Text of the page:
Tuesday, 21 August 2012

Re-Animator The Musical - Review

George Square Theatre, Edinburgh


Music and lyrics by Mark Nutter

Adapted from the stories by H.P. Lovecraft

Book by Dennis Paoli, Stuart Gordon & William J. Norris

Based on the film H.P. Lovecrafts Re-Animator

Directed by Stuart Gordon

Most shows require the suspension of disbelief, Re-Animator The Musical demands that even your suspended disbelief be strung up as high as you can muster. This is a musical that is as deliciously ( or should that be disgustingly ) ridiculous, as it is professionally and skilfully delivered.

Stuart Gordon has taken his 1980s B-movie feature "H.P. Lovecrafts Re-Animator" and re-animated it for the stage. We meet students Dan Cain and Herbert West ( Chris L. McKenna and Graham Skipper respectively )  as they are half way through their medical training, where Cain and the Dean's daughter Megan ( Rachel Avery )are lovers. Critical to the plot is West's morbid quest to further his research into bringing the dead back to life using a fluorescent green re-animation potion that he injects into corpses and the efforts of rival teacher,  Dr Hill to thwart his developments. To say anymore would spoil and for the same reason Producer Dean Schramm has not released a list of musical numbers.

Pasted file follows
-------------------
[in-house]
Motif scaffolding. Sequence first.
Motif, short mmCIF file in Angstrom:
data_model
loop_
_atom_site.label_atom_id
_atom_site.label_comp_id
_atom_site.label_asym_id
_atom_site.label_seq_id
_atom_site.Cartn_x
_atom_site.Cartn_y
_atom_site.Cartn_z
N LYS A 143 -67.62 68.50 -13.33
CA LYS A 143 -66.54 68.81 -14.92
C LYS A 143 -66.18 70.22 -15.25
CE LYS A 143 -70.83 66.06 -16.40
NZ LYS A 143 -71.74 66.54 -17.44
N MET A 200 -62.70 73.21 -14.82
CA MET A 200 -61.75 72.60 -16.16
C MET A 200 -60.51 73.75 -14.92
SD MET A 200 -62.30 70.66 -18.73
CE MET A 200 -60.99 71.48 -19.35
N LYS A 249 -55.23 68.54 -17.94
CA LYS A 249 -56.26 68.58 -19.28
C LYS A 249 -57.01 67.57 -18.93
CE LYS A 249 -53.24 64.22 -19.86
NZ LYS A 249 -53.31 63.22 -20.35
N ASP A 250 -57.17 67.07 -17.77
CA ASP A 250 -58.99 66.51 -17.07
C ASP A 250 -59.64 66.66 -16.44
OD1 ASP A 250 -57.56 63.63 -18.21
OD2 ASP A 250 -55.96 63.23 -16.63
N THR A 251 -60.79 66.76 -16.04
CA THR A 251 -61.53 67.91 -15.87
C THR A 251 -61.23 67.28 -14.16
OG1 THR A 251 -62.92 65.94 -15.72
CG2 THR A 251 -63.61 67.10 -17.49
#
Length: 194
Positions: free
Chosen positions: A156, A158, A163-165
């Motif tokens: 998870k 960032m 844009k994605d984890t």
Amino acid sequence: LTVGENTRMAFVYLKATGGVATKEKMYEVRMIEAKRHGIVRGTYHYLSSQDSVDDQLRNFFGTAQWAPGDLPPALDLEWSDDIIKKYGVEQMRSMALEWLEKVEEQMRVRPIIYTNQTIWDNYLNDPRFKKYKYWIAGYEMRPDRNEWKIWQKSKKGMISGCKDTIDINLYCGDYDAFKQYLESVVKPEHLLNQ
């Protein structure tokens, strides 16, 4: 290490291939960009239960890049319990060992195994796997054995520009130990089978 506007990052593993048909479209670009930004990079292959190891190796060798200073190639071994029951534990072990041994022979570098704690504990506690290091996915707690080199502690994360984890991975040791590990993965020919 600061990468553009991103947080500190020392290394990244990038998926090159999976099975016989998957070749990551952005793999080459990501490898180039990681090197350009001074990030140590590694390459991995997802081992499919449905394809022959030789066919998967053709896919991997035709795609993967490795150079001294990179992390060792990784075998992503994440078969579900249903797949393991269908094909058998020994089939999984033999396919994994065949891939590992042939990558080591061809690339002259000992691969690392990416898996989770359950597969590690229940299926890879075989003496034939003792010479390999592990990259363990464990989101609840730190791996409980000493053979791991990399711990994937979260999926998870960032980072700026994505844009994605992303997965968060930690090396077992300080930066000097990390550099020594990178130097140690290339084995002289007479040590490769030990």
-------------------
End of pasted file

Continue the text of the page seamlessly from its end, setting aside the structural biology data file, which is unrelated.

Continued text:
All the cast are strong. Skipper in geeky glasses and black suit sings strongly as he embodies a nerd with a ghoulish secret. McKenna ably plays a solid college guy who finds his life overtaken by circumstances as the plot unfolds. Avery's Megan is straight out of the Janet mould from Rocky Horror. She looks a picture, and her acting and vocal work impress. An extra treat in the cast is George Wendt, Norm from TV's Cheers, who delivers a performance to relish as the Dean, whilst Jesse Merlin's Hill is the archetypal bad guy, sung and performed with complete plausibility. Hill's demise in the show is as gruesome as it is hilarious. Also worthy of mention is Marlon Grace whose performance as Mace, a morgue guard with a beautiful baritone voice, is a scream.

Eli Roth has commented that in a good horror movie, the sound effects are as important as the visuals. This show does not disappoint. The sounds of the ( clearly and obviously dummy ) hypodermic injections, and brain sawing add to the riotous fun of the show.

Oh, and the first three rows of the audience are provided with ponchos to shield them from the showers of fake bodily fluids that frequently spatter them from the stage.

Schramm opened the show in Los Angeles where it ran successfully before an off-Broadway run in New York. He has brought the USA original cast to Edinburgh launch the show in Europe. The show deserves a wider UK audience and would be an innovative show to occupy an off-West End stage for a few weeks.

An audience member was overheard saying " this show's got zombies and music. What's not to like?" He was not wrong.

Runs until August 27th

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